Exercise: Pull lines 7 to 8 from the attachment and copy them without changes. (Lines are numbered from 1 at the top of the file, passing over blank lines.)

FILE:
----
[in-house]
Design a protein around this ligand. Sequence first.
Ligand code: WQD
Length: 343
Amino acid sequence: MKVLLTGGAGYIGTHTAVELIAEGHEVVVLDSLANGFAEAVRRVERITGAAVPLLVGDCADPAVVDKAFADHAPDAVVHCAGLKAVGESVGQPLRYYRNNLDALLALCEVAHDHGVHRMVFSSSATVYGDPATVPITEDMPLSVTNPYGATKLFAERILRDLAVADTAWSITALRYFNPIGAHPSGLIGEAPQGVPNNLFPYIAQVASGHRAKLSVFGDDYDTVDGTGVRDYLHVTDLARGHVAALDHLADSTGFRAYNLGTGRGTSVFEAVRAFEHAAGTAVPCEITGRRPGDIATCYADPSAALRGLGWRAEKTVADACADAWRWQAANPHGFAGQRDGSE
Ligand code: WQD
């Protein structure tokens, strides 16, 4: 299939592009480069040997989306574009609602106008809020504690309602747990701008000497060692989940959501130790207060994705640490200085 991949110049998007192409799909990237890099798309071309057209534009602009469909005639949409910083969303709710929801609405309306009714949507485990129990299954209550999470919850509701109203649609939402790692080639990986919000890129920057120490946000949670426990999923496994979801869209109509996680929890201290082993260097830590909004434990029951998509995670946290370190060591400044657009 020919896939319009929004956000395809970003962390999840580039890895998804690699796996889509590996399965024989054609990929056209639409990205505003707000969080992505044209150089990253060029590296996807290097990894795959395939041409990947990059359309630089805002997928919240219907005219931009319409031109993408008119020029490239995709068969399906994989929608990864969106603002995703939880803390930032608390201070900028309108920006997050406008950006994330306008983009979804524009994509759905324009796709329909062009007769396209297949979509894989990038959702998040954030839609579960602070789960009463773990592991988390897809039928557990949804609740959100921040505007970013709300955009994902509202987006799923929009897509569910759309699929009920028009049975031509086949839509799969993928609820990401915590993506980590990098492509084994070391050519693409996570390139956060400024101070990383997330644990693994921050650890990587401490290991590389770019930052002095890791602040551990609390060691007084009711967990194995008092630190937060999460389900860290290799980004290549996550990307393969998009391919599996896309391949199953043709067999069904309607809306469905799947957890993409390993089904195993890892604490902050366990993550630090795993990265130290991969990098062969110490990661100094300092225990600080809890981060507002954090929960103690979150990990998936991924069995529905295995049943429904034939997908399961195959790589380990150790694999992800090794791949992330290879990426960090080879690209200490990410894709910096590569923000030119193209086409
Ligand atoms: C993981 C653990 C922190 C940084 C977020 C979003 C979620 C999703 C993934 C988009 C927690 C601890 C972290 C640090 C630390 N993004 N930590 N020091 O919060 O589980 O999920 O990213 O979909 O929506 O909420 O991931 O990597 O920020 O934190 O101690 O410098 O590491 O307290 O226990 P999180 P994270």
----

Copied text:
């Protein structure tokens, strides 16, 4: 299939592009480069040997989306574009609602106008809020504690309602747990701008000497060692989940959501130790207060994705640490200085 991949110049998007192409799909990237890099798309071309057209534009602009469909005639949409910083969303709710929801609405309306009714949507485990129990299954209550999470919850509701109203649609939402790692080639990986919000890129920057120490946000949670426990999923496994979801869209109509996680929890201290082993260097830590909004434990029951998509995670946290370190060591400044657009 020919896939319009929004956000395809970003962390999840580039890895998804690699796996889509590996399965024989054609990929056209639409990205505003707000969080992505044209150089990253060029590296996807290097990894795959395939041409990947990059359309630089805002997928919240219907005219931009319409031109993408008119020029490239995709068969399906994989929608990864969106603002995703939880803390930032608390201070900028309108920006997050406008950006994330306008983009979804524009994509759905324009796709329909062009007769396209297949979509894989990038959702998040954030839609579960602070789960009463773990592991988390897809039928557990949804609740959100921040505007970013709300955009994902509202987006799923929009897509569910759309699929009920028009049975031509086949839509799969993928609820990401915590993506980590990098492509084994070391050519693409996570390139956060400024101070990383997330644990693994921050650890990587401490290991590389770019930052002095890791602040551990609390060691007084009711967990194995008092630190937060999460389900860290290799980004290549996550990307393969998009391919599996896309391949199953043709067999069904309607809306469905799947957890993409390993089904195993890892604490902050366990993550630090795993990265130290991969990098062969110490990661100094300092225990600080809890981060507002954090929960103690979150990990998936991924069995529905295995049943429904034939997908399961195959790589380990150790694999992800090794791949992330290879990426960090080879690209200490990410894709910096590569923000030119193209086409
Ligand atoms: C993981 C653990 C922190 C940084 C977020 C979003 C979620 C999703 C993934 C988009 C927690 C601890 C972290 C640090 C630390 N993004 N930590 N020091 O919060 O589980 O999920 O990213 O979909 O929506 O909420 O991931 O990597 O920020 O934190 O101690 O410098 O590491 O307290 O226990 P999180 P994270």